Cow’s Backside

Food is such a fascinating topic. I enjoy growing food as much as I enjoy preparing and consuming it. My perspective is that us humans eat food three times per day (if we’re lucky), so it is probably not a bad idea to have an interest in the subject.

Since 2010, we’ve kept a batch of chickens at the farm, and not only for the chickens abilities to convert plant material into manure, but also for their plentiful eggs. And chickens are amazing and very useful creatures because they provide a good volume of eggs, whether they like it or not.

At the moment, it is mid autumn and the chickens are moulting (the technical word to describe them losing their feathers and then regrowing them again) so they’re not producing eggs at all. Chickens find it hard to regrow their feathers and produce eggs at the same time. Of course, I have the additional problem that I dispatched the Grey Silky chicken a few weeks back, and all fourteen of the remaining birds went on an immediate egg strike in protest. Chickens can sometimes do that, but over the next few weeks they’ll regrow their feathers and by the winter solstice in late June, they’ll have forgotten all about the Grey Silky and begin laying eggs again. Chickens time their activities in accordance with the season of the year, and they determine that by somehow taking note of the number of daylight hours and climactic conditions. Commercial egg farms get around this facility with chickens by keeping them under lights in large sheds. So the birds have basically no idea what time of the year it is, and they probably never begin the feather moulting process in the first place.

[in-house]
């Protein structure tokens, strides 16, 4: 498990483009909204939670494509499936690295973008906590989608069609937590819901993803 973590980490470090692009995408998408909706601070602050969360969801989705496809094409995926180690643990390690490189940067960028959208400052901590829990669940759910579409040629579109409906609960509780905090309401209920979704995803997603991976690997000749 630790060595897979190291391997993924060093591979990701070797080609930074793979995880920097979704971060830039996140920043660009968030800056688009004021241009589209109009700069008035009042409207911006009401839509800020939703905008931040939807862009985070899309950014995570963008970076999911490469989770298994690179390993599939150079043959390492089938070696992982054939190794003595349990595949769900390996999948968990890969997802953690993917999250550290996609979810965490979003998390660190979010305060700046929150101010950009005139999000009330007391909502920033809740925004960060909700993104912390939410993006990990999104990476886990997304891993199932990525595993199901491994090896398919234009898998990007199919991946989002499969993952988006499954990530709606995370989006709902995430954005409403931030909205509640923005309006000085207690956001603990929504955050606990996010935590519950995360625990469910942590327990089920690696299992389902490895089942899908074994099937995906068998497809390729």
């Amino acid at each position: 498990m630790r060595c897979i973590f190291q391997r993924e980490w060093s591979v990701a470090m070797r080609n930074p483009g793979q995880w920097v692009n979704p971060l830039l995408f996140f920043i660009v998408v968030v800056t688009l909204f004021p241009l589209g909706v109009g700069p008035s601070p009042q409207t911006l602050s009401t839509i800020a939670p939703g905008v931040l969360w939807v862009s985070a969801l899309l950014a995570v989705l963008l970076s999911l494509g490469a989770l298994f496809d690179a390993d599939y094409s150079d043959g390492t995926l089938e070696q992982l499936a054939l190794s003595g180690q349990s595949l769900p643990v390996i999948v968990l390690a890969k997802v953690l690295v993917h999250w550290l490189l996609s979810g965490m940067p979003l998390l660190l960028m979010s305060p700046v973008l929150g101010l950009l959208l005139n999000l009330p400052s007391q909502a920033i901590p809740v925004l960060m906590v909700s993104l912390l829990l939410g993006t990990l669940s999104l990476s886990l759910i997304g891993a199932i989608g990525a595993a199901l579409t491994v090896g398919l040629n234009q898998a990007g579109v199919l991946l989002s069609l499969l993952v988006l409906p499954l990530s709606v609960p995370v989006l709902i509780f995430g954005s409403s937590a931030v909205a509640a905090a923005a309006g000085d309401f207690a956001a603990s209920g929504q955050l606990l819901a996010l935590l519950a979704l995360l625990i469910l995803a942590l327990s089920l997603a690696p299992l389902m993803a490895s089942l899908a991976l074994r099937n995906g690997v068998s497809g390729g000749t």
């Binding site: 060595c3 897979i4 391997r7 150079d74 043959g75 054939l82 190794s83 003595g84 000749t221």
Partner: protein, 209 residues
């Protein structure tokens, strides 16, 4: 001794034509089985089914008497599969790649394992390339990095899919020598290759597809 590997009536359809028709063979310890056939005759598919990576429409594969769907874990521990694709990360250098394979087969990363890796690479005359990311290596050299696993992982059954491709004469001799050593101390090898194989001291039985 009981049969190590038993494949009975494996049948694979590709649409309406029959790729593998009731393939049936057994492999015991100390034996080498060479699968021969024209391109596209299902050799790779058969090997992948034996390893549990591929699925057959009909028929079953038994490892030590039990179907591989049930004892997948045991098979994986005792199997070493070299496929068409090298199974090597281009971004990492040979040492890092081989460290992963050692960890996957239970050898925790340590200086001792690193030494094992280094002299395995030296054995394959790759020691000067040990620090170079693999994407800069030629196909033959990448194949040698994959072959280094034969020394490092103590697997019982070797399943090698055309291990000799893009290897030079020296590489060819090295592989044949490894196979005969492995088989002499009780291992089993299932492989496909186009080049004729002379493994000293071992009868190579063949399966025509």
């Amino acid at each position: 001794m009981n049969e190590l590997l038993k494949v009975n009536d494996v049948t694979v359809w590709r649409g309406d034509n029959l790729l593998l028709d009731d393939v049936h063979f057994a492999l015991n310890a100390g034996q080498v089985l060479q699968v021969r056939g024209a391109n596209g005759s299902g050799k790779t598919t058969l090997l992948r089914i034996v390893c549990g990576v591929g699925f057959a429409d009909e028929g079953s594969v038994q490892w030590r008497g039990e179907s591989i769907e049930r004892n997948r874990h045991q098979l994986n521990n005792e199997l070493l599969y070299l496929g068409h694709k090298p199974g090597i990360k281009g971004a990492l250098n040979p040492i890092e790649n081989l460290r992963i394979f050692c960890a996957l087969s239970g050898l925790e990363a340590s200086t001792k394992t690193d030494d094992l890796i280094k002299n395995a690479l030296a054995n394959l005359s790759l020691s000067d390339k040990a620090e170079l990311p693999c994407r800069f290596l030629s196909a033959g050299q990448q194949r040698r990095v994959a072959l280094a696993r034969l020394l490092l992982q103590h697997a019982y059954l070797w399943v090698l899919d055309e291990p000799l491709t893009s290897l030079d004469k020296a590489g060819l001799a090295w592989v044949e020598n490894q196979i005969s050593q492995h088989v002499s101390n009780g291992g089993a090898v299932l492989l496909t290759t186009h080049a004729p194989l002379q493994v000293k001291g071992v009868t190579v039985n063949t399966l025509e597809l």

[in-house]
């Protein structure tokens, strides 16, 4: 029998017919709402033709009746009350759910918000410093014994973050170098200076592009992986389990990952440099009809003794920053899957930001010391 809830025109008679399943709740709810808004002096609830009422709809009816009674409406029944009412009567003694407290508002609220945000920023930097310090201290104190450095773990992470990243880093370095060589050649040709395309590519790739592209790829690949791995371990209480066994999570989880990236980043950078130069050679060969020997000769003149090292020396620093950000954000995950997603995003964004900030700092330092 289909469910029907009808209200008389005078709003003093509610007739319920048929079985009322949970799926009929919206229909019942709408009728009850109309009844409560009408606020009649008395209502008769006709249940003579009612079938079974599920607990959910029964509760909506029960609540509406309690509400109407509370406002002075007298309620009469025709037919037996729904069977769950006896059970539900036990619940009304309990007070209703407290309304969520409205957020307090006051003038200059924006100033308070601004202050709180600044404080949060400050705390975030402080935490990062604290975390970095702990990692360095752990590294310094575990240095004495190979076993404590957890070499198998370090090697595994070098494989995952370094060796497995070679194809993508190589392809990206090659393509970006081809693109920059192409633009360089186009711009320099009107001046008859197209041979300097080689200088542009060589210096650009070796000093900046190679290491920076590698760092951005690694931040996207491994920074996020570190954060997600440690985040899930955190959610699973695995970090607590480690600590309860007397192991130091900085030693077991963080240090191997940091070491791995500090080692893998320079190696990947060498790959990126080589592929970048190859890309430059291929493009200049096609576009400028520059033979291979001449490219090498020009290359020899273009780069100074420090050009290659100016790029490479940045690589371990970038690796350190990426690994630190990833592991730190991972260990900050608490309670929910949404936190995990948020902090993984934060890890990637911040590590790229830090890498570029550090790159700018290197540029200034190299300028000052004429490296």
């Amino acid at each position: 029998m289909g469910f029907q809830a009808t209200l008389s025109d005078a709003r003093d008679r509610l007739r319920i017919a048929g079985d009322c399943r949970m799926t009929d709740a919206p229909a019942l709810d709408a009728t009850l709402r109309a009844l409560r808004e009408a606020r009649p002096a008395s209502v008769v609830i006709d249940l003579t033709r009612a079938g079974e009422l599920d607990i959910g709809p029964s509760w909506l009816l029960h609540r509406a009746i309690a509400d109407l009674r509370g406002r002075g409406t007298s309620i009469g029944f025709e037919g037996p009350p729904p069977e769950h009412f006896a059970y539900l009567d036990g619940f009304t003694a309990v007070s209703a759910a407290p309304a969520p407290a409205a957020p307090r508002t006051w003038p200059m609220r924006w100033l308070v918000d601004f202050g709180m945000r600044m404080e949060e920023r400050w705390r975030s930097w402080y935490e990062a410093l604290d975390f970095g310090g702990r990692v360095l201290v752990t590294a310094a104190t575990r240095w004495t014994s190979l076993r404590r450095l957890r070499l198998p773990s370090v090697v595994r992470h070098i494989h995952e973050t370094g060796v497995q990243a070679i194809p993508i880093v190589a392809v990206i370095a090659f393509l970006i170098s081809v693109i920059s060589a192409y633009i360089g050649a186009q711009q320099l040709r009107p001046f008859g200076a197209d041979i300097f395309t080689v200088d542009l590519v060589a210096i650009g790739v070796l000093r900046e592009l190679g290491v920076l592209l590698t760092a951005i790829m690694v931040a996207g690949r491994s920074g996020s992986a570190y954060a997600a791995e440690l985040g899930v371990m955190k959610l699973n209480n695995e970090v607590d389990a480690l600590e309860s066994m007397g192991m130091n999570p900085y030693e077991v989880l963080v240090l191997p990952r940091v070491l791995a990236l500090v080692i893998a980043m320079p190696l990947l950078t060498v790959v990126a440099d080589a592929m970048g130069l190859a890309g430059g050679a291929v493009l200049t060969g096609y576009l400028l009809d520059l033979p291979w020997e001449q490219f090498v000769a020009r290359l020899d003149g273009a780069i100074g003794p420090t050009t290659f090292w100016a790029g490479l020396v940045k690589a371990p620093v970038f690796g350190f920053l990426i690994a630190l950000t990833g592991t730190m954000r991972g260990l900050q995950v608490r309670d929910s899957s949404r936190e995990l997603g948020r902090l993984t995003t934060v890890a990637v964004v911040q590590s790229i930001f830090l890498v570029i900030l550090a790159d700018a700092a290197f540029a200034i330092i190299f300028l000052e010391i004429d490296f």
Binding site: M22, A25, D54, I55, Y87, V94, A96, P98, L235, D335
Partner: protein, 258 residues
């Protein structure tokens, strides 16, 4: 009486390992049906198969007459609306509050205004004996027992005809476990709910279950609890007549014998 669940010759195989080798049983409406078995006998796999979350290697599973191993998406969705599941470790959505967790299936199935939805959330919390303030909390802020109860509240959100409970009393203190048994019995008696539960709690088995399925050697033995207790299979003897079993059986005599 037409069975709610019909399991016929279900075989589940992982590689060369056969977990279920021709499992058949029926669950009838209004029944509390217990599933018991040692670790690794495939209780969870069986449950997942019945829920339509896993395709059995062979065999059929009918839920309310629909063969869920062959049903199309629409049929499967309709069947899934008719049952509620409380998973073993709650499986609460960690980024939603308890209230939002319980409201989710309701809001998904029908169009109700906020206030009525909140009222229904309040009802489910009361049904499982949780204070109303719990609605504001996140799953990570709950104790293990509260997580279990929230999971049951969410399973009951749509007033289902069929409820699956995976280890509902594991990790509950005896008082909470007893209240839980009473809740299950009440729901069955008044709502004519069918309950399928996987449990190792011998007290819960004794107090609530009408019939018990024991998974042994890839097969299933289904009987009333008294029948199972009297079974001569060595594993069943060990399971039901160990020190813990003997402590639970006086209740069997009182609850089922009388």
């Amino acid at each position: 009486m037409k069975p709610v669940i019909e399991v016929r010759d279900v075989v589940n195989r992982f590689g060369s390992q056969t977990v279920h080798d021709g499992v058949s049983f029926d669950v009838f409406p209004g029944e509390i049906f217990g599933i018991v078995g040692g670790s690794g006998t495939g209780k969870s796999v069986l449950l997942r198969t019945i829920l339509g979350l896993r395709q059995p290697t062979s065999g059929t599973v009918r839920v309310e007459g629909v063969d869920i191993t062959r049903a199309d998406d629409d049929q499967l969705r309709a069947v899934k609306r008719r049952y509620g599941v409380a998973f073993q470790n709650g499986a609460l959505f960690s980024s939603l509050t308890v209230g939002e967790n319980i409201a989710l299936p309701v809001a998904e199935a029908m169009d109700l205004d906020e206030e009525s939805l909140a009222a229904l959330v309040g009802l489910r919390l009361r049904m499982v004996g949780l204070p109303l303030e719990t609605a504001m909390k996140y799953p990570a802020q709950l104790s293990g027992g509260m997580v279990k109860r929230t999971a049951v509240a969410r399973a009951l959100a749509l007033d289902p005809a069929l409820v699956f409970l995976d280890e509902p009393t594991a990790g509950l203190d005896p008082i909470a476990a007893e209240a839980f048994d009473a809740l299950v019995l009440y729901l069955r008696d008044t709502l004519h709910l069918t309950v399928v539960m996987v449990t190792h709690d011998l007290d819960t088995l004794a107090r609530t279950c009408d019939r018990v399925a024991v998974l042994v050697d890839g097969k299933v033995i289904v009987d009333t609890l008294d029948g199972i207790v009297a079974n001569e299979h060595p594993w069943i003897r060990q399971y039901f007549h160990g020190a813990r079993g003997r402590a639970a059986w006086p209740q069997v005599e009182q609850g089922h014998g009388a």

The eggs the chickens produce here are very good quality because the chickens eat well. Most days they get some time to free roam around the orchard, plus they enjoy garden and kitchen scraps. But more importantly the grains they get fed are top notch. Commercial egg laying birds could only dream of the pampered conditions that the chickens enjoy here, and I believe that I’d seriously struggle to identify the ingredients of the feed that most commercial egg laying birds are fed.